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Here are five things you must know for Tuesday, May 28:

1. -- Stock Futures Fall Amid Trade Uncertainties

U.S. stock futures were lower on Tuesday as Wall Street returned from the three-day Memorial Day weekend and caution still prevailed amid concerns over the fate of trade talks between Washington and Beijing.

Contracts tied to the Dow Jones Industrial Average fell 37 points, futures for the S&P 500 were down 7.55 points, and Nasdaq futures declined 17.25 points.

Donald Trump wrapped up a four-day state visit to Japan on Monday with a series of comments that suggested little progress in the U.S.-China trade dispute, telling reporters during a press conference with Japanese Prime Minister Shinzo Abe that he's "not ready to make a deal" with Beijing.

"I think sometime in the future China and the United States will absolutely have a great trade deal, and we look forward to that," the president said, before repeating his incorrect assertion that China was responsible for paying tariffs on goods imported into the United States. "Because I don't believe that China can continue to pay these, really, hundreds of billions of dollars in tariffs. I don't believe they can do that."

Despite threats from Trump of new and "very, very substantial" levies on China imports, Chinese and Asian stocks finished with solid gains Tuesday. European markets traded lower as the weekend's European parliamentary elections showed solid gains for pro-EU parties.

The economic calendar in the U.S. Tuesday includes the S&P Corelogic Case-Shiller Home Price Index for March at 9 a.m. ET, and Consumer Confidence for May at 10 a.m.

Earnings reports are expected Tuesday from YY Inc. (YY - Get Report) , Nio Inc. (NIO)  and Momo (MOMO - Get Report)  .

2. -- France Wants Jobs Protected in Fiat Chrysler-Renault Merger

Shares of Italian-American carmaker Fiat Chrysler Automobiles (FCAU - Get Report)   and France's Renault rose Tuesday after Fiat Chrysler proposed the companies merge in a deal that would create the world's third-biggest automaker.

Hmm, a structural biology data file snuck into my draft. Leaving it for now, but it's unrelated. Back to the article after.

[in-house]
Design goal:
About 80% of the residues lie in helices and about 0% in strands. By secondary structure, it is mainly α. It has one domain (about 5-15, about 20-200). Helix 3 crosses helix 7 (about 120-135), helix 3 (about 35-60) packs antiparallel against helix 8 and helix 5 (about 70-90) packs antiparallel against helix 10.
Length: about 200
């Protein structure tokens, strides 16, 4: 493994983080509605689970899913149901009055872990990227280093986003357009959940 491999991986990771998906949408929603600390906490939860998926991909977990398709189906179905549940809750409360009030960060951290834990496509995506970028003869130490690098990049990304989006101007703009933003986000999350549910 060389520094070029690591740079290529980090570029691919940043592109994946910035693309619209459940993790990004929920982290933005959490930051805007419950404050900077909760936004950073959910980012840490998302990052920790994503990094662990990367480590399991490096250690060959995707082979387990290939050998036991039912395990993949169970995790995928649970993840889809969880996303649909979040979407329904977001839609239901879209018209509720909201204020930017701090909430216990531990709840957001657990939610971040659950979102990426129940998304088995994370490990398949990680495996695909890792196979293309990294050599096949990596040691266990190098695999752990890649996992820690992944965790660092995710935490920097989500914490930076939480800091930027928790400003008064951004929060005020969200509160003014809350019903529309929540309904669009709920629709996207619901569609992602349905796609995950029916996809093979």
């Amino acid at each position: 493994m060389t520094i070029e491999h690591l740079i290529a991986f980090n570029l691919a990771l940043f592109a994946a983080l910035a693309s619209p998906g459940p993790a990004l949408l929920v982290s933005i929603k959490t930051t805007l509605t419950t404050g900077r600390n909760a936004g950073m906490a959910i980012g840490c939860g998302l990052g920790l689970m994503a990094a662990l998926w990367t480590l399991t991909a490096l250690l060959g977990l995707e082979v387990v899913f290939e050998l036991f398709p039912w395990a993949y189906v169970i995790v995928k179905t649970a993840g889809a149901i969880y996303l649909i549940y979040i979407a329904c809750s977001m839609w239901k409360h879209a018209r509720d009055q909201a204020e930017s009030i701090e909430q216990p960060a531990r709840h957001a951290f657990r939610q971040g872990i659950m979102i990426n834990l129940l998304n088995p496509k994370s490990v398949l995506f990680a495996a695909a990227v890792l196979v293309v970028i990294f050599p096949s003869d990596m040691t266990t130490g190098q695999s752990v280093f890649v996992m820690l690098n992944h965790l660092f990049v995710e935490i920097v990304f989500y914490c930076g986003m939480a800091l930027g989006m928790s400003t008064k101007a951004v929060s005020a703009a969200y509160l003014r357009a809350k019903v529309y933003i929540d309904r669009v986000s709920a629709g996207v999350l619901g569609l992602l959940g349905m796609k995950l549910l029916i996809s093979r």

The French government said it needed jobs protected and board seat guarantees in order to support the proposed $35 billion merger of the two carmakers.

France's finance minister, Bruno le Maire, said the government asked for "four guarantees" before it would back the proposal, which would create a 50-50 ownership structure while reducing the French government's stake to 7.5%.

"The first: industrial jobs and industrial sites. I told Renault Chairman Jean-Dominique Senard very clearly that it was the first of the guarantees I wanted from him in the opening of these negotiations with Fiat," le Maire said. "A guarantee on the preservation of industrial jobs and sites in France."

A merger of Fiat Chrysler and Renault would create an automaker capable of making 8.7 million cars a year, putting it in third place behind Germany's Volkswagen  (VLKAY) and Japan's Toyota  (TM - Get Report) .

Under the deal, Renault could find entry into the U.S. while at the same time extracting itself from its now-combative tie-up with Japan's Nissan (NSANY) following the arrest of former CEO Carlos Ghosn last year in Tokyo amid allegations of financial misconduct.

3. -- Alibaba Mulls Raising $20 Billion Through Hong Kong Listing

Alibaba (BABA - Get Report) , the Chinese e-commerce giant, is considering raising $20 billion through a second listing in Hong Kong, according to Bloomberg, which cited people with knowledge of the matter.

Alibaba currently is working with financial advisers for the potential offering.

A confidential listing could happen by later this year, said the report, and Alibaba has said on background it wouldn't rule out another listing in an effort to diversify its business.

The company broke a record with its New York Stock Exchange listing in 2014, when it raised $25 billion, according to Bloomberg.
A massive online presence, Alibaba's fiscal 2019 full-year revenue was $56 billion. In fiscal, Alibaba expects revenue of about $72.5 billion.


4. -- Teva to Pay Oklahoma $85 Million in Opioid Lawsuit

Israeli drugmaker Teva Pharmaceutical (TEVA - Get Report) reached an agreement with Oklahoma that includes an $85 million payment to the state, ahead of a trial slated for Tuesday over opioid claims.

The company said the agreement wasn't an admission of wrongdoing and that "Teva has not contributed to the abuse of opioids in Oklahoma in any way."

"The company has resolved this matter in a way that benefits the people who have suffered from abuse of opioids and to help stop the effects of the opioid crisis. Teva continues to keep the long-term stability of the company at the forefront," Teva said.